‘It isn’t real, it’s all in your mind,’ is one of the first snorts of derision that anyone involved in occultism must suffer. ‘It’s nothing but fantasy,’ they say. They know this because they have been told that it is fantasy, that it is not real. They have been told this by their teachers, by pop scientists like Sagan on television, or by their friends. They themselves have not investigated the paranormal at all. Quite often, they are not equipped for such an investigation. What they ‘know’ is what they have been told. You will find that the dullest, most functionally illiterate mental mushroom has a very definite, very ‘scientific’ view on one thing: the impossibility of any kind of psychic phenomena. ‘There ain’t no such things as ghosts,’ might typify one of these brilliant scientific assessments of centuries of human experience. And anyone who ‘believes’ in ghosts is crazy. By linking the twin concepts of belief and the paranormal we arrive at a cogent example of the use of language to alter perception, for we either ‘believe’ or don’t ‘believe’ in ghosts, magic, God, the Devil. There is simply no corresponding approach to plane geometry, the square root of minus 1, or the genetic code. One never asks if one ‘believes’ in the Pythagorean theorem or in any Euclidean theorem (or, for that matter, no one is ever asked whether or not they ‘believe’ that the circumference of a circle contains exactly 360 degrees, even though that number comes down to us from Babylonian mythology and is not the result of ‘scientific observation’).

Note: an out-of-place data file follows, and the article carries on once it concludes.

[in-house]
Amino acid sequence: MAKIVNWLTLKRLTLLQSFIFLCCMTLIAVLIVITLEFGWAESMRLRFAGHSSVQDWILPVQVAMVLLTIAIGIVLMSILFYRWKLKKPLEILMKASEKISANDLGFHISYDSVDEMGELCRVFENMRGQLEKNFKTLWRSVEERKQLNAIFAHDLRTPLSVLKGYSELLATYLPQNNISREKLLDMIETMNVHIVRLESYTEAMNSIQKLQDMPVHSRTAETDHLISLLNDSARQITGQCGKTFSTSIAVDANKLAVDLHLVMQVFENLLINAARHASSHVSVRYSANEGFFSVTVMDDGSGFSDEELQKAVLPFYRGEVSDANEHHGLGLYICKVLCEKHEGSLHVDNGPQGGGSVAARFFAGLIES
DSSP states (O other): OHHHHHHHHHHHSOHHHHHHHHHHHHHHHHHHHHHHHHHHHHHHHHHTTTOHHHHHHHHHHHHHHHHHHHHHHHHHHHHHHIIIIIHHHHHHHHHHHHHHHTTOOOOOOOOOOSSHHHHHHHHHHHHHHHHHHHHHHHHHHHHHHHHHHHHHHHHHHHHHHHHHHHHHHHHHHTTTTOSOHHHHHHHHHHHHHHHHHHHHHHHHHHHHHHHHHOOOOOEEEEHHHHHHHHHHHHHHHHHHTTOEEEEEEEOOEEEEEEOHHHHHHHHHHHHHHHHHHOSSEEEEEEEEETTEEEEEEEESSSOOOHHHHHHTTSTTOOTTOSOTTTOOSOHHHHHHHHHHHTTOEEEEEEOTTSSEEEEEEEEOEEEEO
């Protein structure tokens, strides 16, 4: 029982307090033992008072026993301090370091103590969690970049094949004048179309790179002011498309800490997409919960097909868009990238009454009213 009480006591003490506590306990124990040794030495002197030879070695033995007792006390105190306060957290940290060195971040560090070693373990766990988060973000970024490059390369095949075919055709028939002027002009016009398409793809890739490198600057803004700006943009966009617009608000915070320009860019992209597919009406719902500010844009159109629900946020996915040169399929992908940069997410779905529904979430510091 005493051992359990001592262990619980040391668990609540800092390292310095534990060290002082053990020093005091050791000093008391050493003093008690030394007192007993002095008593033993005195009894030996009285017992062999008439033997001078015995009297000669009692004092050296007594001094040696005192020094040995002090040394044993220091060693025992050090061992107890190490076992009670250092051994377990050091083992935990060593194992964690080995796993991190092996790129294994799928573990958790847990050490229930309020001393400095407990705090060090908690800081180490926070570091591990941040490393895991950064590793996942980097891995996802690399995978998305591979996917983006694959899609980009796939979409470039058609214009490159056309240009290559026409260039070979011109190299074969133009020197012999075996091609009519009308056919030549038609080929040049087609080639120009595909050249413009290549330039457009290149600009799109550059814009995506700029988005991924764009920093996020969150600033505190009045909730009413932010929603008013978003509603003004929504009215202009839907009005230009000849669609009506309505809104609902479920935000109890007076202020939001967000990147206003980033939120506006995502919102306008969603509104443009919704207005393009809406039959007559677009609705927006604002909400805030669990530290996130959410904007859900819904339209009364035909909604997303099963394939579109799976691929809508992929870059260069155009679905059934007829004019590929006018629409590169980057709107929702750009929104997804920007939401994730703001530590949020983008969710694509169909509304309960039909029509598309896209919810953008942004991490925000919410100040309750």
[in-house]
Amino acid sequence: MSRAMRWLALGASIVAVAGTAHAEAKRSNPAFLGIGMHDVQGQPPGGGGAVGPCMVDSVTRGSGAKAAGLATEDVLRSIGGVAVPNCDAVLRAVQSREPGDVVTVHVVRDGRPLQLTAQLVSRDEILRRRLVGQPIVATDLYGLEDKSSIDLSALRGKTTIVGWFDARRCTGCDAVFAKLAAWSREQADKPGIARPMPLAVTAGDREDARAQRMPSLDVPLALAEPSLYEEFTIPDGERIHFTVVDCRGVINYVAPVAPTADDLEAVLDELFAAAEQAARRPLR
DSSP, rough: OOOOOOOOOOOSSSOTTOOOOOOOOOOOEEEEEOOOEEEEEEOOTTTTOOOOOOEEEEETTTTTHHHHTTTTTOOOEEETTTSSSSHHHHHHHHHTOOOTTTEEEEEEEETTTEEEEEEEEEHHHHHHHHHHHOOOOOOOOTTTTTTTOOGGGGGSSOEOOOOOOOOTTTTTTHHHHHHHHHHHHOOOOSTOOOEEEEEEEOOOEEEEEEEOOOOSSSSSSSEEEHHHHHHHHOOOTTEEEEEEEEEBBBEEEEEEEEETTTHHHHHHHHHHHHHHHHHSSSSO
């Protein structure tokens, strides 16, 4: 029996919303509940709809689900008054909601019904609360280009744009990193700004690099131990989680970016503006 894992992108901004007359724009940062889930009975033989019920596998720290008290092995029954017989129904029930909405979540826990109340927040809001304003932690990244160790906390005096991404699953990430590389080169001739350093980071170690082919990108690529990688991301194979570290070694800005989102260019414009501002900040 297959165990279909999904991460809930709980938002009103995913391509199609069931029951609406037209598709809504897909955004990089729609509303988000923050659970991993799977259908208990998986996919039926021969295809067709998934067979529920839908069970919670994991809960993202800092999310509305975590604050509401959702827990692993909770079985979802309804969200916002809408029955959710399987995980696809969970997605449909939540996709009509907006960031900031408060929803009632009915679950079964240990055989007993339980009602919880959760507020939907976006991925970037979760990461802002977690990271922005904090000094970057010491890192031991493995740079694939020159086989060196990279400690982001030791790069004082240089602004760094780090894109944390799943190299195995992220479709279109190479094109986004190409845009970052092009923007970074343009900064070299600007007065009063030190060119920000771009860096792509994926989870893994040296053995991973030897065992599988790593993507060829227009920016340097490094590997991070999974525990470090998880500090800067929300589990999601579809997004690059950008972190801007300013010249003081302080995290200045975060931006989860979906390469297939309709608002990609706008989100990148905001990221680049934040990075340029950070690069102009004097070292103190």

What they “know” is what they have been told. Isn’t this always the case on some level? And yet although people like this remain ignorant about what they have not been told, they often seem determined to give their opinion on it.
So what can be said in response to a person who argues that the burning of Notre-Dame is not tragic when there is plastic in the ocean and children are starving? Because he has not felt the beauty of such a place, because his sensibilities are utilitarian and primarily conditioned by the marketplace, because he has not developed a personal aesthetic, you cannot tell him, “Wait, Notre-Dame is a work of great art and high culture.” He has no idea what that means because he has not been told what to think by an authority he can respect.
This person should not try to study esotericism. He should not try to study art. He should avoid museums and should leave Shakespeare and Milton to the professors. Instead, he should stick to the things that “everybody knows” because in that he is an expert.